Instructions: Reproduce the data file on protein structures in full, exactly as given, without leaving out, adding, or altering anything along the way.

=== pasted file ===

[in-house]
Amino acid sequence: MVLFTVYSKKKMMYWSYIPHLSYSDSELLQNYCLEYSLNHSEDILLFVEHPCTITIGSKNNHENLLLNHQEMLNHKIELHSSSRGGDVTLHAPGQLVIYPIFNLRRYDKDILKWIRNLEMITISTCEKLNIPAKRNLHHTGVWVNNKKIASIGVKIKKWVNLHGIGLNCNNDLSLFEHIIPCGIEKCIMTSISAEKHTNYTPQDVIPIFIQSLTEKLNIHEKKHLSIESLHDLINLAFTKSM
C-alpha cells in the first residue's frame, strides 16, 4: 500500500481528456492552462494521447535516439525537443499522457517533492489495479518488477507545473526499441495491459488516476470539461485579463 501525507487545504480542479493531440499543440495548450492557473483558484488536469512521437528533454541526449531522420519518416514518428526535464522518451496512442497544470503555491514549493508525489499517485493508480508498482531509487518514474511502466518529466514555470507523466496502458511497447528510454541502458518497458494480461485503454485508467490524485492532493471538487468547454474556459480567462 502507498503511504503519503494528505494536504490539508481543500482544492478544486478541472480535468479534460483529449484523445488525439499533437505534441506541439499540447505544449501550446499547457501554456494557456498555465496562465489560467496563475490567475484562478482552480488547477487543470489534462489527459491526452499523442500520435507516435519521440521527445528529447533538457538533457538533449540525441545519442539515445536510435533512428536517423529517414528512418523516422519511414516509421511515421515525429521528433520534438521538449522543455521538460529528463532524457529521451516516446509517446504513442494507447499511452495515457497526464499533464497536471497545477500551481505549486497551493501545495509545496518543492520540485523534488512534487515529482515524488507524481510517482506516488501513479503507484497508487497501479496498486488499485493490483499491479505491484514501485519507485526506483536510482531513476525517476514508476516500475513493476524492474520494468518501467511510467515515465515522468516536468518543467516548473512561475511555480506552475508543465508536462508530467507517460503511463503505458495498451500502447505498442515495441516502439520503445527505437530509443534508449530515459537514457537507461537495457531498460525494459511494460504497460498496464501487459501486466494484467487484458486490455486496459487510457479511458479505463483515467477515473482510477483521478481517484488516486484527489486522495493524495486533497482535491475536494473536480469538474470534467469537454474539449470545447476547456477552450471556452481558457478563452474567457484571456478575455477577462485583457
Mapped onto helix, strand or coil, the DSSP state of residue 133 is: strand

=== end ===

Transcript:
[in-house]
Amino acid sequence: MVLFTVYSKKKMMYWSYIPHLSYSDSELLQNYCLEYSLNHSEDILLFVEHPCTITIGSKNNHENLLLNHQEMLNHKIELHSSSRGGDVTLHAPGQLVIYPIFNLRRYDKDILKWIRNLEMITISTCEKLNIPAKRNLHHTGVWVNNKKIASIGVKIKKWVNLHGIGLNCNNDLSLFEHIIPCGIEKCIMTSISAEKHTNYTPQDVIPIFIQSLTEKLNIHEKKHLSIESLHDLINLAFTKSM
C-alpha cells in the first residue's frame, strides 16, 4: 500500500481528456492552462494521447535516439525537443499522457517533492489495479518488477507545473526499441495491459488516476470539461485579463 501525507487545504480542479493531440499543440495548450492557473483558484488536469512521437528533454541526449531522420519518416514518428526535464522518451496512442497544470503555491514549493508525489499517485493508480508498482531509487518514474511502466518529466514555470507523466496502458511497447528510454541502458518497458494480461485503454485508467490524485492532493471538487468547454474556459480567462 502507498503511504503519503494528505494536504490539508481543500482544492478544486478541472480535468479534460483529449484523445488525439499533437505534441506541439499540447505544449501550446499547457501554456494557456498555465496562465489560467496563475490567475484562478482552480488547477487543470489534462489527459491526452499523442500520435507516435519521440521527445528529447533538457538533457538533449540525441545519442539515445536510435533512428536517423529517414528512418523516422519511414516509421511515421515525429521528433520534438521538449522543455521538460529528463532524457529521451516516446509517446504513442494507447499511452495515457497526464499533464497536471497545477500551481505549486497551493501545495509545496518543492520540485523534488512534487515529482515524488507524481510517482506516488501513479503507484497508487497501479496498486488499485493490483499491479505491484514501485519507485526506483536510482531513476525517476514508476516500475513493476524492474520494468518501467511510467515515465515522468516536468518543467516548473512561475511555480506552475508543465508536462508530467507517460503511463503505458495498451500502447505498442515495441516502439520503445527505437530509443534508449530515459537514457537507461537495457531498460525494459511494460504497460498496464501487459501486466494484467487484458486490455486496459487510457479511458479505463483515467477515473482510477483521478481517484488516486484527489486522495493524495486533497482535491475536494473536480469538474470534467469537454474539449470545447476547456477552450471556452481558457478563452474567457484571456478575455477577462485583457
Mapped onto helix, strand or coil, the DSSP state of residue 133 is: strand